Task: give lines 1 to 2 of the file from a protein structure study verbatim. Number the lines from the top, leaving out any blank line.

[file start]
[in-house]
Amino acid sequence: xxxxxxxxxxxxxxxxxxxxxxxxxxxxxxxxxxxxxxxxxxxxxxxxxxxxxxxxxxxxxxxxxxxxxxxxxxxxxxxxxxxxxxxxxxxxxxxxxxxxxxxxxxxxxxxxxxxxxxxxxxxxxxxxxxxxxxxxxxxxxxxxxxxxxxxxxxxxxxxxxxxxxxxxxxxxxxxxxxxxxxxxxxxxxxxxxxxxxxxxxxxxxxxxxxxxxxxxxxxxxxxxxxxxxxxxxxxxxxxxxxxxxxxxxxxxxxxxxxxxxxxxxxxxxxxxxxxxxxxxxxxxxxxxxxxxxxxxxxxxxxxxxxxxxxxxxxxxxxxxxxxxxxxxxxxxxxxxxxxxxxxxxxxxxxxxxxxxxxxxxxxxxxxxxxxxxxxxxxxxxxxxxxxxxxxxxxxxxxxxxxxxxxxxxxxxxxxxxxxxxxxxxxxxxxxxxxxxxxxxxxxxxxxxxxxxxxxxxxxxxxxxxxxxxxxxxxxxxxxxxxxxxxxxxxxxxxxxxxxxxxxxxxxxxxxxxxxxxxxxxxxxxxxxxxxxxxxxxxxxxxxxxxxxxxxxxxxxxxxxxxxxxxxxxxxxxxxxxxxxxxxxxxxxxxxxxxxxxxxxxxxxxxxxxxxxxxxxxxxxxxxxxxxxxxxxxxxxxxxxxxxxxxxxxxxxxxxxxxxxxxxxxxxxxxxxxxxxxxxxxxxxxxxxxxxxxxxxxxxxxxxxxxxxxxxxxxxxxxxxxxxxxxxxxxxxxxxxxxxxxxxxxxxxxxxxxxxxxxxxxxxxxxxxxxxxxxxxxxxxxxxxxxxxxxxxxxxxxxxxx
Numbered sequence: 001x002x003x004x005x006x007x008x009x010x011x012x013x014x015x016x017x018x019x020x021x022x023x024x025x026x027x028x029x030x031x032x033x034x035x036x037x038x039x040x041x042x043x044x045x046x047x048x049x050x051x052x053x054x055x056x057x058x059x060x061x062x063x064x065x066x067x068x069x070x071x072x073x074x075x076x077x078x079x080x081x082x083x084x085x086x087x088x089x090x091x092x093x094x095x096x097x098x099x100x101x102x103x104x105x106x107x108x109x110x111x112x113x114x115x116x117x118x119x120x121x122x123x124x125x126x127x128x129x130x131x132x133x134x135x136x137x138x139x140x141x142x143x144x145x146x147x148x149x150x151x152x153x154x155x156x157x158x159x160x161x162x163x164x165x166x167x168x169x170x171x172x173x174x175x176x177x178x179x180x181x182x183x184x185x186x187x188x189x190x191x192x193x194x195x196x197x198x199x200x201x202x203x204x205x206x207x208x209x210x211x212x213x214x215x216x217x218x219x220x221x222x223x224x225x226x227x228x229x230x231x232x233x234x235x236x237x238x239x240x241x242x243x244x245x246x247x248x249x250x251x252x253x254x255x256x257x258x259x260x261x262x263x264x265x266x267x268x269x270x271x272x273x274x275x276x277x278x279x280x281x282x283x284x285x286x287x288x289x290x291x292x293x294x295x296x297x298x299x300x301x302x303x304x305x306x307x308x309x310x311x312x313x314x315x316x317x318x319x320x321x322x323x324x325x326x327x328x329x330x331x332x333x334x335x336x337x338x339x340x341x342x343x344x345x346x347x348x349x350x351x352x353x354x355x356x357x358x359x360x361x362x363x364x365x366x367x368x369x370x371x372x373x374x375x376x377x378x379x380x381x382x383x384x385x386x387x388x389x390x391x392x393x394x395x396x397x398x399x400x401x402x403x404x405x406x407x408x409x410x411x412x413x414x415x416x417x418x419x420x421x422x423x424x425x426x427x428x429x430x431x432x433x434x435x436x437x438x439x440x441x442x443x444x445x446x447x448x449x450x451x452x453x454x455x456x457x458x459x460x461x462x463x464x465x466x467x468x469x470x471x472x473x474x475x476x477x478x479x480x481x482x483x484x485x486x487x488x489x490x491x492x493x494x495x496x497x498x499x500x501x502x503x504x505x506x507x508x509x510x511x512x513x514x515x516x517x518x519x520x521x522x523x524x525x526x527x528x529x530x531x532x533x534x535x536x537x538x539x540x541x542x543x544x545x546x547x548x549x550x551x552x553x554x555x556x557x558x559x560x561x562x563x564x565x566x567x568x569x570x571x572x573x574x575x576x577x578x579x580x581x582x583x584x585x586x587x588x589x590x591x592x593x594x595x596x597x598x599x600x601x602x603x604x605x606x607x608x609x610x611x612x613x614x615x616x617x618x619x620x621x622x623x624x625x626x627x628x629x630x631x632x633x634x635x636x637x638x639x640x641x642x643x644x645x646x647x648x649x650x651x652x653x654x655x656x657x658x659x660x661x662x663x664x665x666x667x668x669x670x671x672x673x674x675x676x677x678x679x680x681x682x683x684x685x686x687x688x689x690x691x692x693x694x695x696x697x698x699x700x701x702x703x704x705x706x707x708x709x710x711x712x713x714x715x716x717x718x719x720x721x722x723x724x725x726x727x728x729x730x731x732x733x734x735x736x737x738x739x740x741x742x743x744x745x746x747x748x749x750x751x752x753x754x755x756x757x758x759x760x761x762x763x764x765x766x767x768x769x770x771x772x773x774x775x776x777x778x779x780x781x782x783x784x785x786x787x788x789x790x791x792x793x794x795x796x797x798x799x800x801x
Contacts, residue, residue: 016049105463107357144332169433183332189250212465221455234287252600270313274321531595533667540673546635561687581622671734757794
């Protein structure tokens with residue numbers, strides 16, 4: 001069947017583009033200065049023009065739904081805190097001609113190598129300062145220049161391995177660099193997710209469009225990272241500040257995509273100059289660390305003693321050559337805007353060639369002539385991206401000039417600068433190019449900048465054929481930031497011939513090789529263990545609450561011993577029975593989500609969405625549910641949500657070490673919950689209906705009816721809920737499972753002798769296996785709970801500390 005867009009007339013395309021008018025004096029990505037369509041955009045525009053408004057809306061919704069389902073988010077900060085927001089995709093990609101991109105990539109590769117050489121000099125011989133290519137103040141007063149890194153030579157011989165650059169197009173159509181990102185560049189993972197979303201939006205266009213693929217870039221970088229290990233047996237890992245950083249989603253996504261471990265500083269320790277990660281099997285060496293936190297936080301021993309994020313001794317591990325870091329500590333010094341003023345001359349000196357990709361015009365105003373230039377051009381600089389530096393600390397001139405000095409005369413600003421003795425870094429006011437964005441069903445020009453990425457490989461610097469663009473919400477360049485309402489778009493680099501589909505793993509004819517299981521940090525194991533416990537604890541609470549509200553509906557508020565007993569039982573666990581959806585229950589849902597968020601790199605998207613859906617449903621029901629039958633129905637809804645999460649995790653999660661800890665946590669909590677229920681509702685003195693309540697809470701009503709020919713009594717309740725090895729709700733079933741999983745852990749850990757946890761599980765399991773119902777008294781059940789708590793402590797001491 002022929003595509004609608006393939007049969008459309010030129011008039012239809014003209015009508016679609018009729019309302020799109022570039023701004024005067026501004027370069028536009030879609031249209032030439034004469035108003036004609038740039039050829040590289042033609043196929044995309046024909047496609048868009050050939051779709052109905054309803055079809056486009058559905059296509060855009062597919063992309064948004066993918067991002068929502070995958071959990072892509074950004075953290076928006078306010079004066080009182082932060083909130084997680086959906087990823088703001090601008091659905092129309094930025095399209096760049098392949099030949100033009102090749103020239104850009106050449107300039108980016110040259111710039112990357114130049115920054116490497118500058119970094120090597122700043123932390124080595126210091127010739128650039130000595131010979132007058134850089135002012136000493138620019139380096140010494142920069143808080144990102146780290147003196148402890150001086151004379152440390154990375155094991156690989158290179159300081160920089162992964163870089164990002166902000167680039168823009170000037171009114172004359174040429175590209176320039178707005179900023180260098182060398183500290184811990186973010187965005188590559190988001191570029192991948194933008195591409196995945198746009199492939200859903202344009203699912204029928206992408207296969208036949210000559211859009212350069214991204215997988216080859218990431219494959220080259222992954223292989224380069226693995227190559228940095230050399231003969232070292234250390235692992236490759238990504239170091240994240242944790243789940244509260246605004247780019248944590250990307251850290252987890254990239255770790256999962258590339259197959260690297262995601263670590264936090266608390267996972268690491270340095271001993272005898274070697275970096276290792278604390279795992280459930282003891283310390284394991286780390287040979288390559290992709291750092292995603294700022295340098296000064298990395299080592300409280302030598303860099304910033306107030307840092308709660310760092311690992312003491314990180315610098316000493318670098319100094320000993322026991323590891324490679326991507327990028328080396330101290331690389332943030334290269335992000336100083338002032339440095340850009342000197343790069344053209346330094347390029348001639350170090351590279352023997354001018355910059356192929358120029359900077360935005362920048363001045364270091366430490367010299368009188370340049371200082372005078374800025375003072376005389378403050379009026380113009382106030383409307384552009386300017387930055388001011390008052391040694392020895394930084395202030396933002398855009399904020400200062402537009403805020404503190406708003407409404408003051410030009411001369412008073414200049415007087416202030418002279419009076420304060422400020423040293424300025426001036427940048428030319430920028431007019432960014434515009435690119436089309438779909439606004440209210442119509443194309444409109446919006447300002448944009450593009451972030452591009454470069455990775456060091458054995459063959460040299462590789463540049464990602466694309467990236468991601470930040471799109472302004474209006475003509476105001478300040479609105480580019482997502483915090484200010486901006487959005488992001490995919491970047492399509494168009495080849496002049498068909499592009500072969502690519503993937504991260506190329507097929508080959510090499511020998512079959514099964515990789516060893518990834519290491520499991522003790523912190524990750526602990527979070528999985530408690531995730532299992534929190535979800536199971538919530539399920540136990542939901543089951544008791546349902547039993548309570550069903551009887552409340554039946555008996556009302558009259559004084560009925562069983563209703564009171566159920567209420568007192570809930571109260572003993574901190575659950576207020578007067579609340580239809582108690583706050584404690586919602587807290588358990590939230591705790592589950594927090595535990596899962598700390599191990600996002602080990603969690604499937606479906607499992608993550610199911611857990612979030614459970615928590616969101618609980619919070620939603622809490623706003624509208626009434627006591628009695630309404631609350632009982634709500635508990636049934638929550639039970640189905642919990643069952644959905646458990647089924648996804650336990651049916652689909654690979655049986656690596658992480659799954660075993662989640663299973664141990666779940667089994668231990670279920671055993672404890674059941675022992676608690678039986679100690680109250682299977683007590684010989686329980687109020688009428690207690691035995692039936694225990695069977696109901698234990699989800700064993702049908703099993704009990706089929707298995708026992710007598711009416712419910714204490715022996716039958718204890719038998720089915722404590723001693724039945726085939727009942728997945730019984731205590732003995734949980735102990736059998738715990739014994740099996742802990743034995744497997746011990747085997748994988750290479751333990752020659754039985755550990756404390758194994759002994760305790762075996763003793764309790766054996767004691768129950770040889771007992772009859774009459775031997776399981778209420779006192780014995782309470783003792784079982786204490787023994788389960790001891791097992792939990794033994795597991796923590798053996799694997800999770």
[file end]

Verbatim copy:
[in-house]
Amino acid sequence: xxxxxxxxxxxxxxxxxxxxxxxxxxxxxxxxxxxxxxxxxxxxxxxxxxxxxxxxxxxxxxxxxxxxxxxxxxxxxxxxxxxxxxxxxxxxxxxxxxxxxxxxxxxxxxxxxxxxxxxxxxxxxxxxxxxxxxxxxxxxxxxxxxxxxxxxxxxxxxxxxxxxxxxxxxxxxxxxxxxxxxxxxxxxxxxxxxxxxxxxxxxxxxxxxxxxxxxxxxxxxxxxxxxxxxxxxxxxxxxxxxxxxxxxxxxxxxxxxxxxxxxxxxxxxxxxxxxxxxxxxxxxxxxxxxxxxxxxxxxxxxxxxxxxxxxxxxxxxxxxxxxxxxxxxxxxxxxxxxxxxxxxxxxxxxxxxxxxxxxxxxxxxxxxxxxxxxxxxxxxxxxxxxxxxxxxxxxxxxxxxxxxxxxxxxxxxxxxxxxxxxxxxxxxxxxxxxxxxxxxxxxxxxxxxxxxxxxxxxxxxxxxxxxxxxxxxxxxxxxxxxxxxxxxxxxxxxxxxxxxxxxxxxxxxxxxxxxxxxxxxxxxxxxxxxxxxxxxxxxxxxxxxxxxxxxxxxxxxxxxxxxxxxxxxxxxxxxxxxxxxxxxxxxxxxxxxxxxxxxxxxxxxxxxxxxxxxxxxxxxxxxxxxxxxxxxxxxxxxxxxxxxxxxxxxxxxxxxxxxxxxxxxxxxxxxxxxxxxxxxxxxxxxxxxxxxxxxxxxxxxxxxxxxxxxxxxxxxxxxxxxxxxxxxxxxxxxxxxxxxxxxxxxxxxxxxxxxxxxxxxxxxxxxxxxxxxxxxxxxxxxxxxxxxxxxxxxxxxxxxx